SC: True owner can use necessary force to obstruct/remove stray trespass

The Hon’ble Supreme Court on 29thJanuary 2019, in the matter of Poona Ram v. Moti Ram (D) Thr. Lrs. & Ors. pronounced that stray/intermittent acts of trespass don’t give possessory title over property. A stray act of trespass, or a possession which has not matured into settled possession, can be obstructed or removed by the true owner even by using necessary force.

The Hon’ble Supreme Court observed that:

Section 64 of the Limitation Act, 1963 contemplates a suit for possession of immovable property based on previous possession and not on title, if brought within 12 years from the date of dispossession. Such a suit is known in law as a suit based on possessory title as distinguishable from proprietary title. It cannot be disputed and is by now well settled that ‘settled possession’ or effective possession of a person without title entitles him to protect his possession as if he were a true owner. (Para 8)

A person who asserts possessory title over a particular property will have to show that he is under settled or established possession of the said property. But merely stray or intermittent acts of trespass do not give such a right against the true owner. Settled possession means such possession over the property which has existed for a sufficiently long period of time, and has been acquiesced to by the true owner. A casual act of possession does not have the effect of interrupting the possession of the rightful owner. (Para 13)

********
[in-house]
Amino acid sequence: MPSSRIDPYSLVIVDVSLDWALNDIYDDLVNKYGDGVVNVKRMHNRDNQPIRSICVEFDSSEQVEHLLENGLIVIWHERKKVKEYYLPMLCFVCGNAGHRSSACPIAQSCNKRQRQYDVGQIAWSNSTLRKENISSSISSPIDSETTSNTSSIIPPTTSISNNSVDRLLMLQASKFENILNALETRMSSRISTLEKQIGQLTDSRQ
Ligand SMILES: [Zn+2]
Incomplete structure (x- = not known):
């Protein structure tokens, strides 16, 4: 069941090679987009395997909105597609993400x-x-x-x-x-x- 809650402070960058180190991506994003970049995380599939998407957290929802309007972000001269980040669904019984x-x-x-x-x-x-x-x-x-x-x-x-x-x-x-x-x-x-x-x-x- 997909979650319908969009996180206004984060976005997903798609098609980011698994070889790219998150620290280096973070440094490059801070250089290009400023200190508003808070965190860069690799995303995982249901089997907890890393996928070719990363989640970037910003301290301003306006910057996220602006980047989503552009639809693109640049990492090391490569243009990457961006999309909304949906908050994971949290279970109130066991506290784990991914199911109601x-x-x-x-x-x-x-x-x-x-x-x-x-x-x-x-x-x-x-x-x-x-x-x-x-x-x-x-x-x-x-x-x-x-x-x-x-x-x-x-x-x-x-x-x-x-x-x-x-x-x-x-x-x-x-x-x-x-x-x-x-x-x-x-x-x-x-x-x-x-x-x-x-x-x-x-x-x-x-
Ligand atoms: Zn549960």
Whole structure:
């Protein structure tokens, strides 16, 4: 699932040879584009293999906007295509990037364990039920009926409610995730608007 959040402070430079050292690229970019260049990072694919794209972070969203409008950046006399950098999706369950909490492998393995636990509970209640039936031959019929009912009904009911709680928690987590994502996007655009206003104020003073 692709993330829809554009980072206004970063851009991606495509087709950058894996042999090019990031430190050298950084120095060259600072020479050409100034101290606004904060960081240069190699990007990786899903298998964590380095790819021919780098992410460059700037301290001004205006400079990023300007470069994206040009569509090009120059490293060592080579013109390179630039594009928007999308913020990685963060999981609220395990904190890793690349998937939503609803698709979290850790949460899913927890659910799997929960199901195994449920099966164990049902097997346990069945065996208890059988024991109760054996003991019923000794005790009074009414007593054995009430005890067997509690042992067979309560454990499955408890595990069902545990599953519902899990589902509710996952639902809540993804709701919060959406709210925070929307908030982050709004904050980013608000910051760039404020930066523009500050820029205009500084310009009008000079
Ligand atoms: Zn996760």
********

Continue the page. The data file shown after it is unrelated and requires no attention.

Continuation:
A stray act of trespass, or a possession which has not matured into settled possession, can be obstructed or removed by the true owner even by using necessary force. (Para 13)

Settled possession must be (i) effective, (ii) undisturbed, and (iii) to the knowledge of the owner or without any attempt at concealment by the trespasser. There cannot be a straitjacket formula to determine settled possession. Occupation of a property by a person as an agent or a servant acting at the instance of the owner will not amount to actual legal possession. The possession should contain an element of animus possidendi. The nature of possession of the trespasser is to be decided based on the facts and circumstances of each case. (Para 13)

Merely on doubtful material and cursory evidence, it cannot be held that the plaintiff was ever in possession of the property, and that too in settled possession. (Para 15)

The plaintiff has to prove his case to the satisfaction of the Court. He cannot succeed on the weakness of the case of the defendant. (Para 17)

Generally, it is not open to the High Court to interfere with the findings of fact recorded by the First Appellate Court when such findings are based on the evidence on record, and are not perverse or against the material on record. (Para 18)

Copy of judgement: Judgement_29-Jan-2019

-Tushar Kaushik 

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